Having a dog in the house when you have kids is highly recommended. Why? Dogs provide unconditional love and companionship, help teach responsibility and empathy, and having a pet has been proven to help develop a healthy immune system. Here are my top 5 dog breeds for families to take a look at when deciding on a dog.

dog breeds

Rescue: Especially Adults

We are all familiar with the popular saying and hashtag #whorescuedwho. It is popular for a good reason. Adopting a homeless pet is an act of valor in my opinion. One that often pays off in immeasurable dividends. To make it even more rewarding I suggest rescuing an adult dog.

Puppies are adorable and you get to train them, but it is a lot of work and a dog’s true personality doesn’t always show until adulthood. I have seen dogs that were thought to be small dogs turn out to be large dogs. Sweet and quiet puppies can turn scared and aggressive shortly after.

Adult dogs, on the other hand, are often potty trained already, tend to be less destructive and will likely show you questionable behavior traits with just a few visits. You want to avoid a dog that is labeled any of the following “not good with other dogs, not good with small children, or not good with cats.”

Take the pet home for a day before committing and see how they respond in your home environment, at a dog park, and with any pets you already have. Unfortunately, this breaks the two-week isolation recommendation I make because you can not always tell if a pet is sick or coming down with something right away.

French Bulldog

I have never met an aggressive French bulldog! Of course, any dog can bite, but these adorable canines tend to have excellent yet laid-back personalities. Their short hair coat requires little grooming. They are small and portable but tend to be pretty hearty compared to other small breed dogs. French bulldogs are not known as yappers like a lot of other small dogs. I personally love the noises they make when they are vocal. It sounds like some sort of little monster and it cracks me up!

Insider Tip: French Bulldogs are expensive and can have a lot of health problems so definitely buy insurance.

Golden Retrievers and Labradors


I lumped these sporty breeds together as one since they are very similar and known as the classic family dogs. Most golden retrievers and labradors are very patient, loving, and kind.

The golden retriever has a lot more hair and therefore requires more grooming. However, they tend to calm down and learn manners sooner than labs do in my experience.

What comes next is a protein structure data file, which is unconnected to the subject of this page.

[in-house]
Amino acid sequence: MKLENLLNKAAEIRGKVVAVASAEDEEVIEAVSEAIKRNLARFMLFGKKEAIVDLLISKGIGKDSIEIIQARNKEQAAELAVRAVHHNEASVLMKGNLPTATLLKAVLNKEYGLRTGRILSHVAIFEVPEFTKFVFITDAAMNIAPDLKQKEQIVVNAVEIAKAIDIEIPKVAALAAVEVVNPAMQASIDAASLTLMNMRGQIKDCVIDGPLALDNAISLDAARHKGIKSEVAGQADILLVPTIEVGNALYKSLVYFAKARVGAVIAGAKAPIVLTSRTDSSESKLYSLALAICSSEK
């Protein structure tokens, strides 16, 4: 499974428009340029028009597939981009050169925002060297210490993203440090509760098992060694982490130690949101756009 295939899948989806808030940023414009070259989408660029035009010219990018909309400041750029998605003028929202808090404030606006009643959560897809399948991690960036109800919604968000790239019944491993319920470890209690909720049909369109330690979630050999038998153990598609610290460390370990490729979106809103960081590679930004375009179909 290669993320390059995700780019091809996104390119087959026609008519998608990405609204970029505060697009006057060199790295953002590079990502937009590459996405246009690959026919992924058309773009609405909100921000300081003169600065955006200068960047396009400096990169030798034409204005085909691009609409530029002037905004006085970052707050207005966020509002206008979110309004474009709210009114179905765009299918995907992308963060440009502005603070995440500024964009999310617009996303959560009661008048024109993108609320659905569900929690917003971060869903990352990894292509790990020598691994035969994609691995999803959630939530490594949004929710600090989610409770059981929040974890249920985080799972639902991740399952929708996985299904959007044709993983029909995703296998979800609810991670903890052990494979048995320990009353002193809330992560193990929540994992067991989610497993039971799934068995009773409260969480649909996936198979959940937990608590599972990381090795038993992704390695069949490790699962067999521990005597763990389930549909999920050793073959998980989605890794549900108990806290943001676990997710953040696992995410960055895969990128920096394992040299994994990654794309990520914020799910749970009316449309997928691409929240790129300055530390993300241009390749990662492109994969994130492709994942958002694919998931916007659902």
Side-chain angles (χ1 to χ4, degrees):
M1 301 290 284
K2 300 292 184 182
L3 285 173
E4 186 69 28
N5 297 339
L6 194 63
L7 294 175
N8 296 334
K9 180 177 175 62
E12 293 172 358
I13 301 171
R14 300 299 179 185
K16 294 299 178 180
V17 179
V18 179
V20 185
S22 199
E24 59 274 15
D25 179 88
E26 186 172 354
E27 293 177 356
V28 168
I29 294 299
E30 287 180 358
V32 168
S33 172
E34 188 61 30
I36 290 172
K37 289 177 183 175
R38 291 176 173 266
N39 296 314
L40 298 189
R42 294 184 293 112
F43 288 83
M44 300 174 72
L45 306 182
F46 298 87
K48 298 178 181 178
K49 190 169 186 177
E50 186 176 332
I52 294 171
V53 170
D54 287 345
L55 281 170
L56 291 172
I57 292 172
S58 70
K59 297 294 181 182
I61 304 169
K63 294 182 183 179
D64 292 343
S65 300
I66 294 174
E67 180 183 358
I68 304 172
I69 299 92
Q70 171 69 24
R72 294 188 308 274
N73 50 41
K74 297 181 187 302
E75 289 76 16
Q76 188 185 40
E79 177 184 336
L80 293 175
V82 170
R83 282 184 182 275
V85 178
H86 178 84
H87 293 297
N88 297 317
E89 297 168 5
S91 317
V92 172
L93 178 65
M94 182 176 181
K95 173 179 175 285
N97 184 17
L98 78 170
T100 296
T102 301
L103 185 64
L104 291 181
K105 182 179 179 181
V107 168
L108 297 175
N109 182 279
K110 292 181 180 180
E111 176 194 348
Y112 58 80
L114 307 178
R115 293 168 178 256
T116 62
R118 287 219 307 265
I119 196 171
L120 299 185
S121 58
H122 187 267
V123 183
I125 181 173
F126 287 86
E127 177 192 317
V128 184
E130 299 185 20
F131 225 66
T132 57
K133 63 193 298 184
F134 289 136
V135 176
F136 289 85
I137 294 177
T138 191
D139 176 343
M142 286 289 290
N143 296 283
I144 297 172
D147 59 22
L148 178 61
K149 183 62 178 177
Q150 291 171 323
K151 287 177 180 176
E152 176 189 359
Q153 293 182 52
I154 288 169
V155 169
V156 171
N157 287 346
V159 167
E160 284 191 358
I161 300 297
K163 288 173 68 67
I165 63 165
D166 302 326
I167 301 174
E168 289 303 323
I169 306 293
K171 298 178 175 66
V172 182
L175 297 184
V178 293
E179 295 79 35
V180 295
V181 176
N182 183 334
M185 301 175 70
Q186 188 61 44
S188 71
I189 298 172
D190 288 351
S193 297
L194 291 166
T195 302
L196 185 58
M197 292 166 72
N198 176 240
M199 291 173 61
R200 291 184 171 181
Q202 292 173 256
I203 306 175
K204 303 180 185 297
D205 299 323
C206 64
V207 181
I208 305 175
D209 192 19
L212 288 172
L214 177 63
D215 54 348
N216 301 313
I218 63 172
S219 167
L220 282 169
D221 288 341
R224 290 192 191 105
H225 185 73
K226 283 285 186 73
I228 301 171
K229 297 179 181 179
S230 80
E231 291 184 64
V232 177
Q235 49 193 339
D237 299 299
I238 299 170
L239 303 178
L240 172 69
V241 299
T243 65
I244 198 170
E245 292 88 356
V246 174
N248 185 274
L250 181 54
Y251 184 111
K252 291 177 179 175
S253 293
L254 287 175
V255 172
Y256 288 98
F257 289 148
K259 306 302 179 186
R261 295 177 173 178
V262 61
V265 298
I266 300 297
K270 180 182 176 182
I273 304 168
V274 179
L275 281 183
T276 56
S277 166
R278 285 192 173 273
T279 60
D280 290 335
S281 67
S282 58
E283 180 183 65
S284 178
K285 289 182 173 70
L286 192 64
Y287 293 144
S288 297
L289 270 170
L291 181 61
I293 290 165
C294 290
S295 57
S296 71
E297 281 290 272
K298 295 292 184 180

Despite having “short hair” labs tend to shed a lot! They will be loyal yet friendly to strangers. Labradors will run with you, play ball with you, and happily lay by your feet at the end of the day even if your toddler is crawling on top of them. They are smart and easily trained. Keep in mind, all of this happens with a lot of training and patience on your part though as they tend to eat things they shouldn’t and do not become this perfect dog until about three years old.

Insider Tip: I have met extremely viscous labradors and golden retrievers. Make sure you meet the parents when buying a puppy and socialize them well. These recommendations go for all breeds.

Shih Tzu

These adorable little fluff balls do not shed and are considered hypoallergenic. Breed to sit at the feet of lace makers they are fairly laid back dogs. They will require a lot of grooming. For some people, it can be very therapeutic to brush a dog daily.

Pit Bull


Yes, I said it. I absolutely have seen aggressive pit bulls but, not any more than any other breed. Most of the pit bulls that live in a happy home are amazingly sweet dogs. They just need socialization like any other dog. They also have very short hair and tend to be a nice medium size. Plus, most rescues around here are either pit or part pit. This means if you rescue a puppy you are often getting a pit even if it says lab cross, boxer cross, etc etc. Do not discriminate! Feel the pitty love.

Bonus tip: Training Training Training!

When we rescue and sometimes even when we buy a puppy, we do not know the dog’s story or family health history. There are never any guarantees with any dog. Some will get sick or have negative personality traits. Some will be endlessly kind and never have any health problems. The best way to enjoy a long fulfilling relationship with your family pet is to put the work in upfront. Take them to puppy classes and be consistent with daily training for the first two years at least. Your dog can even help you pick up the kids (or husband’s) laundry off the floor if you train it to.

Pet Insurance – They really pay!

These days pets are family. Many people even consider them another child. Having pet insurance is an excellent way to avoid very difficult decisions. These illness plans are inexpensive, $50/month on average and unlike human insurance agencies, they do not give you hassles about the bills or have deals with doctors about what they will and won’t pay.

Good Luck! I wish you and your new pet all the love in the world! The AKC website is another great place to learn more about different breeds.